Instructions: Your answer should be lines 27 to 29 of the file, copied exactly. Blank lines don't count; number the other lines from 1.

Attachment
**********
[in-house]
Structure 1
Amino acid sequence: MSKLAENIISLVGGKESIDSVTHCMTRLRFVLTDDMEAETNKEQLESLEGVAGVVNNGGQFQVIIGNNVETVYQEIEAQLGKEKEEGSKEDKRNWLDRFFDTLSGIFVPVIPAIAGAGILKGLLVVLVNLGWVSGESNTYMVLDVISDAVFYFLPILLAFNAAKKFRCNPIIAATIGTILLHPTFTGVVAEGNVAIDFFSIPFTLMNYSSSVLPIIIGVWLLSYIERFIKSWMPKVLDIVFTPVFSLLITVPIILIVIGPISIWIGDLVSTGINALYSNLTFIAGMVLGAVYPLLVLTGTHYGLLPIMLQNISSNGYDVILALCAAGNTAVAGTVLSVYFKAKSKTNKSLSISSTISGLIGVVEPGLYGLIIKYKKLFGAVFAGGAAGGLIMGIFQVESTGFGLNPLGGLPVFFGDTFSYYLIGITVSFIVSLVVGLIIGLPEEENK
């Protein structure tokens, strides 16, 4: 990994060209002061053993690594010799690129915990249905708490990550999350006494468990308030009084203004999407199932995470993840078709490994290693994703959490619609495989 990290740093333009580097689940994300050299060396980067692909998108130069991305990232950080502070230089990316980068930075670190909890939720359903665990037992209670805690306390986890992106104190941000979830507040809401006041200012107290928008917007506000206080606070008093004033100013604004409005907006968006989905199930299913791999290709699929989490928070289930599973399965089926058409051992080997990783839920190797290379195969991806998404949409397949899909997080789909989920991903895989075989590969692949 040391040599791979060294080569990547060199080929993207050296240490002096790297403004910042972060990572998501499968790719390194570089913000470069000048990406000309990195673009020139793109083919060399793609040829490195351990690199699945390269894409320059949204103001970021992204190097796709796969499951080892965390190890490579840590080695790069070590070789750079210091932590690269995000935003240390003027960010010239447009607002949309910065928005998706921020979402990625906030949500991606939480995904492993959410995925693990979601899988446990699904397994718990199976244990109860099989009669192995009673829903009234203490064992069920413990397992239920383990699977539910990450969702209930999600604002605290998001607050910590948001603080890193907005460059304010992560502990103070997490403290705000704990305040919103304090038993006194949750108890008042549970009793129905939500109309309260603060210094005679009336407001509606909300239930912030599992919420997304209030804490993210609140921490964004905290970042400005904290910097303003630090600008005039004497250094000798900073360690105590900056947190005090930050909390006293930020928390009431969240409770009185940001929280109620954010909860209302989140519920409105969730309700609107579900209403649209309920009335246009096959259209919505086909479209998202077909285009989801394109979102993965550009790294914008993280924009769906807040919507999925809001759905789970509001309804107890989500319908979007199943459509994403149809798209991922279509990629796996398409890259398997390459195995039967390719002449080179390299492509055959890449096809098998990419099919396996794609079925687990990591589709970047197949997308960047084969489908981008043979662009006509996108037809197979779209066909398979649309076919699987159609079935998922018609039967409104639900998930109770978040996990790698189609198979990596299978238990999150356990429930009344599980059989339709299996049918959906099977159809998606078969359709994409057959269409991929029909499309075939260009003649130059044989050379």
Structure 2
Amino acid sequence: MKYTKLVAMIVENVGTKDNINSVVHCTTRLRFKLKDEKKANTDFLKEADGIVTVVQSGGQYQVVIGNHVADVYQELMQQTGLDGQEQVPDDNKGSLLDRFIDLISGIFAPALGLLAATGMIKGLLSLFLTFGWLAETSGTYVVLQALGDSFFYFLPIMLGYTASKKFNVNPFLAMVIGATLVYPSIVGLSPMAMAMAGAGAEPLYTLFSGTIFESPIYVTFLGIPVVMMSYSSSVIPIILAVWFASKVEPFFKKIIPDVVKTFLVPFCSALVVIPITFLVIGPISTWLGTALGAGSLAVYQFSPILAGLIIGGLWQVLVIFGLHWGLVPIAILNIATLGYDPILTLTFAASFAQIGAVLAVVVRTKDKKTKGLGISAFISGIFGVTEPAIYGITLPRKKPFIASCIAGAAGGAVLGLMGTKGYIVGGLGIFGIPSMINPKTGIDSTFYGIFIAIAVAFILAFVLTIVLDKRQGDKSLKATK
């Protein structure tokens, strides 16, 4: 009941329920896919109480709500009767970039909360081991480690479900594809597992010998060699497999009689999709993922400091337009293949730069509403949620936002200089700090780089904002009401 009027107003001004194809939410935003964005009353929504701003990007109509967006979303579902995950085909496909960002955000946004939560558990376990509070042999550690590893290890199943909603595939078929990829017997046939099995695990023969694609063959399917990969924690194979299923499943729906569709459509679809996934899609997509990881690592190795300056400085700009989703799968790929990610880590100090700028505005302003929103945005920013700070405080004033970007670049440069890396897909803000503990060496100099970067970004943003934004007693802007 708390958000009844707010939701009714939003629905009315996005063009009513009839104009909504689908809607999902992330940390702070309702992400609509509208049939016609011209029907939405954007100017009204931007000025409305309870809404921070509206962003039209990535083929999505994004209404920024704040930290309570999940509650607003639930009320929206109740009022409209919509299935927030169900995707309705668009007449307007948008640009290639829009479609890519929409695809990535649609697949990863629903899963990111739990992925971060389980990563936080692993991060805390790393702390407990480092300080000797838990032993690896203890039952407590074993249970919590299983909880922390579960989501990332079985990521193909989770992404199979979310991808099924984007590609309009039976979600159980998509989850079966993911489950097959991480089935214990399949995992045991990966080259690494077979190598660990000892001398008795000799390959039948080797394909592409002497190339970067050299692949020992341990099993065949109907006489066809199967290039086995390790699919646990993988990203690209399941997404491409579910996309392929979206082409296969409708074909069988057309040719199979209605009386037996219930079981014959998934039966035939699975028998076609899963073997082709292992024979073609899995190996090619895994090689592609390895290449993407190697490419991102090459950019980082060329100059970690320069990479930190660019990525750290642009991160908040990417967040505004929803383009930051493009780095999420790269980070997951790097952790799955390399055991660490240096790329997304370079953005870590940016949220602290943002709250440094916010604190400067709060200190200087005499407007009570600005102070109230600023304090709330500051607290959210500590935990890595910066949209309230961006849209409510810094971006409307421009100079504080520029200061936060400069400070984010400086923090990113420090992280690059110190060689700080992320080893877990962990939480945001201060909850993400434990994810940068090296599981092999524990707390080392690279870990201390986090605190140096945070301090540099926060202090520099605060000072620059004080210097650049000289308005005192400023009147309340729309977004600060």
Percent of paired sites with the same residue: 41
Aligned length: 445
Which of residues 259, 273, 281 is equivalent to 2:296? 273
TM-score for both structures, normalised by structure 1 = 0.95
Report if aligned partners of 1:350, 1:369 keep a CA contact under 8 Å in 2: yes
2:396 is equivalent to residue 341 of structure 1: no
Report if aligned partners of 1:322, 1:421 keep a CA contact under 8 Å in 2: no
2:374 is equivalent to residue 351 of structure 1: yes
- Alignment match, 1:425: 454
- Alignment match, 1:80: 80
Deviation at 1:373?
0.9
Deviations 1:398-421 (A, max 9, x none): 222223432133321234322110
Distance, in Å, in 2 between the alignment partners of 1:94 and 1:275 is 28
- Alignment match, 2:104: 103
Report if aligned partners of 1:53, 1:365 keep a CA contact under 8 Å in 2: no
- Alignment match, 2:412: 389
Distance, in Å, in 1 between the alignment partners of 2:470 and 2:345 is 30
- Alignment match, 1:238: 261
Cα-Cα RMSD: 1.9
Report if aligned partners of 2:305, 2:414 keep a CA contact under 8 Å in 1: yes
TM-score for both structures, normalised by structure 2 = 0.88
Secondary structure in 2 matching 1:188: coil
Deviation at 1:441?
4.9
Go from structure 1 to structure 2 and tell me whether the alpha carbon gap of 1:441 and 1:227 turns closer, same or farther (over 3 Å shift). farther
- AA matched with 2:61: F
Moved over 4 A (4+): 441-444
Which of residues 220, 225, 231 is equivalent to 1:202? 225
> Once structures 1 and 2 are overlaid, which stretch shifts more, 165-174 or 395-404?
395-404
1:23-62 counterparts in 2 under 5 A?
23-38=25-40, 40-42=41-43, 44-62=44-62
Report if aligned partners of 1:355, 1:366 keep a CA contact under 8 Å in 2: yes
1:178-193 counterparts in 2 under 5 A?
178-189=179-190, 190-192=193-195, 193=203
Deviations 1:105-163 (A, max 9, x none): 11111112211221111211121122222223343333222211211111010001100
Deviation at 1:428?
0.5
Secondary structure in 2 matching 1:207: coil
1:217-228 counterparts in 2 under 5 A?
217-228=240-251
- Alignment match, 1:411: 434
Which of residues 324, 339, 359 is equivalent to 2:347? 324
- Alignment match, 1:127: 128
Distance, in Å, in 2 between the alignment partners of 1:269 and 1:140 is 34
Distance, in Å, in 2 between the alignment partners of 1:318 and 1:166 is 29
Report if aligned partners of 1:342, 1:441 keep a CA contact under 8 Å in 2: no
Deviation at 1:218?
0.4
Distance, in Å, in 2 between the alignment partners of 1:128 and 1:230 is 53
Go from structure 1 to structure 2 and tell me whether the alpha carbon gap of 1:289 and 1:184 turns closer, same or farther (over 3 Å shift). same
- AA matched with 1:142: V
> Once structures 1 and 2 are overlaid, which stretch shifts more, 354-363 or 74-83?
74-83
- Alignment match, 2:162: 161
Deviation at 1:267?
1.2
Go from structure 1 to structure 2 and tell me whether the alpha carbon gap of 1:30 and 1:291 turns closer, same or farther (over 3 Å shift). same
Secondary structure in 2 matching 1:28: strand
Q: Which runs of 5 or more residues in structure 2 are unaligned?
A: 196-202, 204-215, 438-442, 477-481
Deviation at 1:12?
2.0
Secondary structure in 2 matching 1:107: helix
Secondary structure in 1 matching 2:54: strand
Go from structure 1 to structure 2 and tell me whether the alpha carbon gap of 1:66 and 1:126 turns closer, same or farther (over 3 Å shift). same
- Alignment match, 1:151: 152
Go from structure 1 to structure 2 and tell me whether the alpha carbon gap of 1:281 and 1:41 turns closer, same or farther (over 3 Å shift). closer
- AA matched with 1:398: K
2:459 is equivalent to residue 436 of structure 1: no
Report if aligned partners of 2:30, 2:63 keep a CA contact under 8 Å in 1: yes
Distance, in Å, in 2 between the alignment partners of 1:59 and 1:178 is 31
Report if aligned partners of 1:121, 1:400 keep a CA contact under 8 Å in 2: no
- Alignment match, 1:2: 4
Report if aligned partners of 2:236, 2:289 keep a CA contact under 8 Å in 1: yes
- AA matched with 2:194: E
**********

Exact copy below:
Cα-Cα RMSD: 1.9
Report if aligned partners of 2:305, 2:414 keep a CA contact under 8 Å in 1: yes
TM-score for both structures, normalised by structure 2 = 0.88